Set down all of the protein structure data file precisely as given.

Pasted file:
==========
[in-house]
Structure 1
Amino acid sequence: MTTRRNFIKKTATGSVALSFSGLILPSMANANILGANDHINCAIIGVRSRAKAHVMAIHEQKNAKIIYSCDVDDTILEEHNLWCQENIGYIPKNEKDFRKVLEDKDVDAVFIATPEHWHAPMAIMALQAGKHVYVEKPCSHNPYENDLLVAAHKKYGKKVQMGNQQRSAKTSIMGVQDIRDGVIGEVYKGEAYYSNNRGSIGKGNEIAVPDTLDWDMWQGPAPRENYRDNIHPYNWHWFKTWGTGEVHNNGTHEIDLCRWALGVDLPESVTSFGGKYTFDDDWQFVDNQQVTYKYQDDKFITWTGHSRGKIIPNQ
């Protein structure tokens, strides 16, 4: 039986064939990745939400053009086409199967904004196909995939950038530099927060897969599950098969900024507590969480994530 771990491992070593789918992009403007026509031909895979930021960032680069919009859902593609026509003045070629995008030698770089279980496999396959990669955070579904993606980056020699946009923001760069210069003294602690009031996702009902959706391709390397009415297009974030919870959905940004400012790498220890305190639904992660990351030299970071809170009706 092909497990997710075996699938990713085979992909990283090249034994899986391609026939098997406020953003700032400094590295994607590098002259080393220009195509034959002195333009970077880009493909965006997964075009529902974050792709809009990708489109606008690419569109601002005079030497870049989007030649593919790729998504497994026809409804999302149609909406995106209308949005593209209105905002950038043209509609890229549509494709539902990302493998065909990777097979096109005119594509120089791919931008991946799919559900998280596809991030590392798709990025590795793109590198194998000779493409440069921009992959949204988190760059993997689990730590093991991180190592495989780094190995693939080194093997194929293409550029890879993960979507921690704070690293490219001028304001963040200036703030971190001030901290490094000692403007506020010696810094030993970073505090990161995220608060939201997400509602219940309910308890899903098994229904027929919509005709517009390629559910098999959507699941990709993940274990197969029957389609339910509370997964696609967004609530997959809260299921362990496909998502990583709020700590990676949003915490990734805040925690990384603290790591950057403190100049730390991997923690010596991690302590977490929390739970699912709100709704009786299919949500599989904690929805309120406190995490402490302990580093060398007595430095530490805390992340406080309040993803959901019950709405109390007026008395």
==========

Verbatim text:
[in-house]
Structure 1
Amino acid sequence: MTTRRNFIKKTATGSVALSFSGLILPSMANANILGANDHINCAIIGVRSRAKAHVMAIHEQKNAKIIYSCDVDDTILEEHNLWCQENIGYIPKNEKDFRKVLEDKDVDAVFIATPEHWHAPMAIMALQAGKHVYVEKPCSHNPYENDLLVAAHKKYGKKVQMGNQQRSAKTSIMGVQDIRDGVIGEVYKGEAYYSNNRGSIGKGNEIAVPDTLDWDMWQGPAPRENYRDNIHPYNWHWFKTWGTGEVHNNGTHEIDLCRWALGVDLPESVTSFGGKYTFDDDWQFVDNQQVTYKYQDDKFITWTGHSRGKIIPNQ
């Protein structure tokens, strides 16, 4: 039986064939990745939400053009086409199967904004196909995939950038530099927060897969599950098969900024507590969480994530 771990491992070593789918992009403007026509031909895979930021960032680069919009859902593609026509003045070629995008030698770089279980496999396959990669955070579904993606980056020699946009923001760069210069003294602690009031996702009902959706391709390397009415297009974030919870959905940004400012790498220890305190639904992660990351030299970071809170009706 092909497990997710075996699938990713085979992909990283090249034994899986391609026939098997406020953003700032400094590295994607590098002259080393220009195509034959002195333009970077880009493909965006997964075009529902974050792709809009990708489109606008690419569109601002005079030497870049989007030649593919790729998504497994026809409804999302149609909406995106209308949005593209209105905002950038043209509609890229549509494709539902990302493998065909990777097979096109005119594509120089791919931008991946799919559900998280596809991030590392798709990025590795793109590198194998000779493409440069921009992959949204988190760059993997689990730590093991991180190592495989780094190995693939080194093997194929293409550029890879993960979507921690704070690293490219001028304001963040200036703030971190001030901290490094000692403007506020010696810094030993970073505090990161995220608060939201997400509602219940309910308890899903098994229904027929919509005709517009390629559910098999959507699941990709993940274990197969029957389609339910509370997964696609967004609530997959809260299921362990496909998502990583709020700590990676949003915490990734805040925690990384603290790591950057403190100049730390991997923690010596991690302590977490929390739970699912709100709704009786299919949500599989904690929805309120406190995490402490302990580093060398007595430095530490805390992340406080309040993803959901019950709405109390007026008395």